We think that this simple trend has astonishing consequences.

Instead of Staffwriter's lightly occupied niche, imagine a similar endeavor in IT Recruiting. Given the depth and aggressiveness of the competition, cost-per-hire is skyrocketing. Websites that serve techies multiply at an astonishing rate. Features abound and the players are eternally seeking the next advantage. The bare minimum requirements might look more like Earthweb (last year's purchasers of DICE). As it has been since the dawn of the web, the services provided to IT professionals (from free training to huge perks) are the Industry's bellwether.

It's really not very difficult to imagine that HR Departments will begin moving toward the acquisition of job boards and other service providers in the IT niche. Who owns what and under what conditions is extremely subject to change as the competition for scarce resources escalates.

As it was in the beginning, the web is all about a battle for mind share.

- John Sumser, © TwoColorHat. All Rights Reserved.


(October 21, 1999) "Vivant! Corporation today announced the launch of vivant.com, the first horizontal business portal for sourcing and managing contractors through an open network of suppliers."


"Webhire, Inc. (NASDAQ: HIRE - news), the leading Application Service Provider (ASP) in the Internet recruiting marketplace, today announced that thepavement.com, a new online site designed to meet the career needs of recent college graduates and young professionals, is the latest career site to be Powered by Webhire."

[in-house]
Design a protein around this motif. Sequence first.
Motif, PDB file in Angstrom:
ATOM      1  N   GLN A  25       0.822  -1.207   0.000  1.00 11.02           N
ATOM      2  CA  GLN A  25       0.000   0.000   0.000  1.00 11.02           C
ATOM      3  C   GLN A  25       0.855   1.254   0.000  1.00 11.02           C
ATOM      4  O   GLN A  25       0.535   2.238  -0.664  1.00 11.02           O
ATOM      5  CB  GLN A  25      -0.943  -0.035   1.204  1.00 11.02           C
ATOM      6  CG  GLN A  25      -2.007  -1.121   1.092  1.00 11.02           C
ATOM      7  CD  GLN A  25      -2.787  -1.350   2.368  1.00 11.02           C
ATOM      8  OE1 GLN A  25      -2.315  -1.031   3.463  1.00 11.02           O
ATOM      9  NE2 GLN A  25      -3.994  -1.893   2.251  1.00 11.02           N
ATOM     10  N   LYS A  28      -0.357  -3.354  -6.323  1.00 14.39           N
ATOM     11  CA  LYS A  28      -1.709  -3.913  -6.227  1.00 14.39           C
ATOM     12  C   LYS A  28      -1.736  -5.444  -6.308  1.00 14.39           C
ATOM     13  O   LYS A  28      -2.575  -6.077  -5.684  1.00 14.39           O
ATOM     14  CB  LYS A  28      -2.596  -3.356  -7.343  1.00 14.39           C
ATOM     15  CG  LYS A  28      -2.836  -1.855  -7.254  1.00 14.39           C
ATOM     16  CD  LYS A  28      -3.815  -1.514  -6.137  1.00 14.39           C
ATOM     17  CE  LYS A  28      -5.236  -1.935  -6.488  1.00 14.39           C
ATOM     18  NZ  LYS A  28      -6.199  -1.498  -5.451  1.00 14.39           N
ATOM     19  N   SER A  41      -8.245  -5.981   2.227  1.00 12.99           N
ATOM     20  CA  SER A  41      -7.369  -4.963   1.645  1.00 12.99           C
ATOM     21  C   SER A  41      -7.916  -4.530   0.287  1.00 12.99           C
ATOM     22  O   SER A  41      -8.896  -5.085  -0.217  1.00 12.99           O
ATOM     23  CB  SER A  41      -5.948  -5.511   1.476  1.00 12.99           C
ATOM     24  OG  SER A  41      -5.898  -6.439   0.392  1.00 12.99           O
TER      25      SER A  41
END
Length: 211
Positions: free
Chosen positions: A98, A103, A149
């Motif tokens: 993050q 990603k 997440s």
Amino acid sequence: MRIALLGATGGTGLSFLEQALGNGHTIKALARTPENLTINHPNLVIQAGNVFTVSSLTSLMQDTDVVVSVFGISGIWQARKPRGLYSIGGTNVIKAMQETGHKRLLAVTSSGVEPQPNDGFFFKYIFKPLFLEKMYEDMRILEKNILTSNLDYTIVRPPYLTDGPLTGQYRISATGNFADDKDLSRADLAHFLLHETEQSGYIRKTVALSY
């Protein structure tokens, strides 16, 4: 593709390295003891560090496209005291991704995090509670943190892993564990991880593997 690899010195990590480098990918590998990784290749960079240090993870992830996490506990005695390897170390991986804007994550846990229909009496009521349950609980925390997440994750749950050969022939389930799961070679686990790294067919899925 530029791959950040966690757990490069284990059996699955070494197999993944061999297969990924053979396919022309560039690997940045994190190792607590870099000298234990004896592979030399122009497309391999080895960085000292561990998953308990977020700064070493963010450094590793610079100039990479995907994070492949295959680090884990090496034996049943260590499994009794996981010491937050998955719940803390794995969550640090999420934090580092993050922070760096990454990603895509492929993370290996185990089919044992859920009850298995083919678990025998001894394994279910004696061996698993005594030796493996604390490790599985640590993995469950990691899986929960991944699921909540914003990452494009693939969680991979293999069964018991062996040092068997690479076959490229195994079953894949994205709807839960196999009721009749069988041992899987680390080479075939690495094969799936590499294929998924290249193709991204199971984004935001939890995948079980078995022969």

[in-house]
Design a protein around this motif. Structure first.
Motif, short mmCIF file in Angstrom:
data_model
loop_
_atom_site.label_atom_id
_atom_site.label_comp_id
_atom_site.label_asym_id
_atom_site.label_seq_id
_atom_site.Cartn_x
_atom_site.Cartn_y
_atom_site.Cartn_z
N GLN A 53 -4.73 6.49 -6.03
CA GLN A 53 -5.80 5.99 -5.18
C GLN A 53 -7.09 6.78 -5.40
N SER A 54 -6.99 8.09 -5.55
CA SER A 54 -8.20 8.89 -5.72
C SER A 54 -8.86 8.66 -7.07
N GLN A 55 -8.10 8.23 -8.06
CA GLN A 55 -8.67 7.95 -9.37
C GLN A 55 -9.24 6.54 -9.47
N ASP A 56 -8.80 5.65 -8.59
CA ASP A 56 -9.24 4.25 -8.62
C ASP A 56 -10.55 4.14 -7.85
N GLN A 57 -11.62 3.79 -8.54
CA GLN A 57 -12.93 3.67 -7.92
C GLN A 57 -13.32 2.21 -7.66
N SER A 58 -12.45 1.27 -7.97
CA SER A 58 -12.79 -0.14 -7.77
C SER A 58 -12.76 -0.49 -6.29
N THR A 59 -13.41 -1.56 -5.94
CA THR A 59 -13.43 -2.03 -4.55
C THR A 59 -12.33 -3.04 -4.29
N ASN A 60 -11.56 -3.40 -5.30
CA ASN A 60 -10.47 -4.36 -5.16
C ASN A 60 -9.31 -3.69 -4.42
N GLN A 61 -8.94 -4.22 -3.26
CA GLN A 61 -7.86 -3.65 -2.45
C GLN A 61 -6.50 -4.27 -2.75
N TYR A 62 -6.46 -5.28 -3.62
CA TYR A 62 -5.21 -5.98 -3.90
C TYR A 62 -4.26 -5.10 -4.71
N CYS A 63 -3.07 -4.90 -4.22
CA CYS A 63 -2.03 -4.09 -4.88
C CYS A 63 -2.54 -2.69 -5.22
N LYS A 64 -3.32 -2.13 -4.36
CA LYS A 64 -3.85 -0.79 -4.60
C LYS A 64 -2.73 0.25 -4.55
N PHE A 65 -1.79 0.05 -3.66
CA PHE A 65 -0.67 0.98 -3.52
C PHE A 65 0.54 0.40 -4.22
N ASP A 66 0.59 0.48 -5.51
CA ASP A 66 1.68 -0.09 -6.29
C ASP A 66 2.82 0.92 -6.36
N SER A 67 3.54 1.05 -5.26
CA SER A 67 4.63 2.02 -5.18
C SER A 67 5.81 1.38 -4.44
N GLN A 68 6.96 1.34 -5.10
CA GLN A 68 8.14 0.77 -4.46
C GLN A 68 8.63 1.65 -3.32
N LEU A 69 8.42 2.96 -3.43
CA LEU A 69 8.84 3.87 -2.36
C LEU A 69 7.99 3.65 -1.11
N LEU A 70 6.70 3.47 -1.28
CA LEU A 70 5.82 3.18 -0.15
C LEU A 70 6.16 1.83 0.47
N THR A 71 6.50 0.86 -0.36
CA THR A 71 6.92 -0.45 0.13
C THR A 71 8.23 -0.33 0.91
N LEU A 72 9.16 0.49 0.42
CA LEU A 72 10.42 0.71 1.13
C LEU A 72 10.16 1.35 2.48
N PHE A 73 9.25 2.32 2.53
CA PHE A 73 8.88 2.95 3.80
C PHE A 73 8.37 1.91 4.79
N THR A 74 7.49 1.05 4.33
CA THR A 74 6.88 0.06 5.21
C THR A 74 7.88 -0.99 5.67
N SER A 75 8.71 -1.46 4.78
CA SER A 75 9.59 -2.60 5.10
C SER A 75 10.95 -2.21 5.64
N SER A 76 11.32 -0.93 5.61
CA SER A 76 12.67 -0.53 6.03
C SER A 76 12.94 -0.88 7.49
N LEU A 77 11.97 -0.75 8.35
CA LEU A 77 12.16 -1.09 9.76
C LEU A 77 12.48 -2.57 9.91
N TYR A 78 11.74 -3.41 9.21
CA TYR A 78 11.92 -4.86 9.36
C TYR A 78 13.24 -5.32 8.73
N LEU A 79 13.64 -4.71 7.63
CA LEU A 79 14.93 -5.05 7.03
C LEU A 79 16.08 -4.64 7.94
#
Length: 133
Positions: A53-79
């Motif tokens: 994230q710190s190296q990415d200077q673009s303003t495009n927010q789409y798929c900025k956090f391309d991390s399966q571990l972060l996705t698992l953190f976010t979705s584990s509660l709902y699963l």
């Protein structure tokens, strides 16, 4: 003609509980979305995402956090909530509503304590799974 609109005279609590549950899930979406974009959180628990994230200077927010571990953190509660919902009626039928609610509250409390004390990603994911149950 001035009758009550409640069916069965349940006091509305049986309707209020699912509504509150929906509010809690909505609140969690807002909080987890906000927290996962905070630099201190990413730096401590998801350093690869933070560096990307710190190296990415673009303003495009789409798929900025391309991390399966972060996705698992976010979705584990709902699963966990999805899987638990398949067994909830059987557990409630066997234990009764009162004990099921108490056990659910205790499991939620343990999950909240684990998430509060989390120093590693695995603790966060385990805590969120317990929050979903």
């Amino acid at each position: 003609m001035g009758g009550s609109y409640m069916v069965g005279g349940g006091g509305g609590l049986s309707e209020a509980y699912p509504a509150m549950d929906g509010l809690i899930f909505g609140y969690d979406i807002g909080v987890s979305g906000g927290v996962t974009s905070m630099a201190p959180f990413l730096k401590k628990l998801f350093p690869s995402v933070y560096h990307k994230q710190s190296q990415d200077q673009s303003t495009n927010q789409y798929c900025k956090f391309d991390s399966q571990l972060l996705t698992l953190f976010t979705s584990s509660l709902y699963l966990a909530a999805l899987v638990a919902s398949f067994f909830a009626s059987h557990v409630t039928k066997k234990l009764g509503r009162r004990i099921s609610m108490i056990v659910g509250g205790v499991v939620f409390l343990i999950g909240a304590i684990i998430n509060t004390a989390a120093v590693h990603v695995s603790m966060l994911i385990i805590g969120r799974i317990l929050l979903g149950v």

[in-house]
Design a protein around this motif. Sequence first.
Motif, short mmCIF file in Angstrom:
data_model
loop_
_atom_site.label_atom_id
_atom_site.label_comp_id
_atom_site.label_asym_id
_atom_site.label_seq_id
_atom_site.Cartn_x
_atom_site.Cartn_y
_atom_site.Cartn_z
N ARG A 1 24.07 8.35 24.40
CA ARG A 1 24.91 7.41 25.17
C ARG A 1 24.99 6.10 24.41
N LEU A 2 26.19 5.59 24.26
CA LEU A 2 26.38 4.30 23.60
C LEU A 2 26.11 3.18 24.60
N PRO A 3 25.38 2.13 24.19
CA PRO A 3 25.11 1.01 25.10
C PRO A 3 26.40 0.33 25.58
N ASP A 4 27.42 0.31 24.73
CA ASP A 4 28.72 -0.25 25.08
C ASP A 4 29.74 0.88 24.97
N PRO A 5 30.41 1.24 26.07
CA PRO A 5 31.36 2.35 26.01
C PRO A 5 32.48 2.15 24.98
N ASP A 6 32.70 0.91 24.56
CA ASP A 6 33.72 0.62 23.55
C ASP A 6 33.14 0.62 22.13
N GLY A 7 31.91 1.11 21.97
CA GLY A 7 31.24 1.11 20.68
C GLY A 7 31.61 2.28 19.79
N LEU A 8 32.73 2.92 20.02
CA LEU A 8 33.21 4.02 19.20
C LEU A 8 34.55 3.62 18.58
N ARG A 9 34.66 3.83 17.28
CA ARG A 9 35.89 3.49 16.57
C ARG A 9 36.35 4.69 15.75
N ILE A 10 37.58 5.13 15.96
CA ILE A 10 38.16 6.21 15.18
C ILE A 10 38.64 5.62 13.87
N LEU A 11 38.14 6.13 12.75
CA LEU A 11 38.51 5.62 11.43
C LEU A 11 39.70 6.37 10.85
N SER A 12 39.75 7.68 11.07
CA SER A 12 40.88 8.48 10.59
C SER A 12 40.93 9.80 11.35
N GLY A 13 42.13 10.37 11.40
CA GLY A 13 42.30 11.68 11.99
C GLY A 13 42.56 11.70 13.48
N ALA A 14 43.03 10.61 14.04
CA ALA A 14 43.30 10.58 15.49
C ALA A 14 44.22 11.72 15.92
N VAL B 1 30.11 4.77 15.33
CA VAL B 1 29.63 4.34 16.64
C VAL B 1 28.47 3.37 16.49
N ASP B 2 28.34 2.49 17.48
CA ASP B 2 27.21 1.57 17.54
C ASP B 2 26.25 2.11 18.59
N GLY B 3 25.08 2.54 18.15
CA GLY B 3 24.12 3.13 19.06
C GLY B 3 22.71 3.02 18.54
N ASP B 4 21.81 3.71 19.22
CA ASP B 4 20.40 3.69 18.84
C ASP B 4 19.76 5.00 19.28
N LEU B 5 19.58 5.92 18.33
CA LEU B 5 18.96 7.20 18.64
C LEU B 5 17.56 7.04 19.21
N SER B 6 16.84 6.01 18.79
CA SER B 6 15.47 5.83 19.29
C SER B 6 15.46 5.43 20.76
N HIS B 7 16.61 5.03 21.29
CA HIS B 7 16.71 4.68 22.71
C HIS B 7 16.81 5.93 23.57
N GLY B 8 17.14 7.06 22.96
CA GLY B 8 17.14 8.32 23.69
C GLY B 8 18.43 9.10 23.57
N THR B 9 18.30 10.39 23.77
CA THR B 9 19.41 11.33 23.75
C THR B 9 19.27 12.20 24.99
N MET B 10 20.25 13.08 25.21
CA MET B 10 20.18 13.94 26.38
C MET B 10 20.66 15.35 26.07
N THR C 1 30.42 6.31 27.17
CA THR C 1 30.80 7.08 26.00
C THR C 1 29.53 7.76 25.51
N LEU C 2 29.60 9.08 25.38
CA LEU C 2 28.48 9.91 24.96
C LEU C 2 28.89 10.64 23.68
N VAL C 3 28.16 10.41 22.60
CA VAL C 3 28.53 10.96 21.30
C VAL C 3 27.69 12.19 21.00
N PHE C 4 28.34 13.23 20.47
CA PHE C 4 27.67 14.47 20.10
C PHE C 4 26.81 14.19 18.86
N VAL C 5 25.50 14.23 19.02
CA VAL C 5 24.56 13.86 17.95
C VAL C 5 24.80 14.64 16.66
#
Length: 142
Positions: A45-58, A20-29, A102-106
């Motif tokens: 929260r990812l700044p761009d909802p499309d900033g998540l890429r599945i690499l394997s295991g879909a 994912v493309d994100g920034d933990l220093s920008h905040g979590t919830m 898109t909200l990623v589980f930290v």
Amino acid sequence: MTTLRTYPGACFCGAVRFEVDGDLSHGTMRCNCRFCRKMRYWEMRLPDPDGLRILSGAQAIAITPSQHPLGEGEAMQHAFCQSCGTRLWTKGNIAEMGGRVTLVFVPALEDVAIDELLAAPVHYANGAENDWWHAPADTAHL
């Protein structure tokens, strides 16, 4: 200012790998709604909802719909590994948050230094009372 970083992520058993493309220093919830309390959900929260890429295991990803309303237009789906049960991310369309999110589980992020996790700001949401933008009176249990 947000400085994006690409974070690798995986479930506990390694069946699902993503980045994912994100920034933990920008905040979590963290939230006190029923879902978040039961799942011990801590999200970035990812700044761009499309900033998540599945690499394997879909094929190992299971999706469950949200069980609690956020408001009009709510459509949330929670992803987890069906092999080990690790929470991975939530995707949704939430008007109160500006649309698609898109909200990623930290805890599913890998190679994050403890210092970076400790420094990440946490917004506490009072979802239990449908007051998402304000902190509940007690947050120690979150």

Really? We thought CareerCast won that job.

Sowing FUD (Fear, Uncertainty and Doubt) is a traditional way of keeping the market confused. The use of FUD as a marketing technique is time honored. There are two schools: the intentional and the unintentional.

In the case of Vivant, the confusion stems from a bad case of buzzword-itis. Just a couple of years ago, we would have called it "a meaningful improvement in the idea of a Recruiting Network." Collaborating with the computerjobs.com folks, Vivant just might make a difference. The simple idea, an online service that provides one stop shopping for IT contractors, is easy to understand. The confusion comes from statements like "In vivant.com we have created a business-to-business portal with enterprise strength to solve contractor staffing challenges."

We're thinking of starting a deprogramming rehab center for recent MBA graduates.

Intentional FUD is another thing entirely.

It must be tough to be Webhire. A name change, refinancing by Softbank, a widely touted partnership with Yahoo, an online version of their enterprise software and a series of other positive moves have done nothing special for their stock price. The company continues to lose money at a healthy rate without the deep pockets of an Internet IPO. We imagine that they feel like Rodney Dangerfield.

In its announcement, Webhire used language that would confuse a casual reader. When they say "powered by Webhire", they usually mean that a job board has purchased one of their standard products. Most often, "powered by Webhire" means "using the technology we purchased from Junglee to manage the flow of data."

But, according to our sources: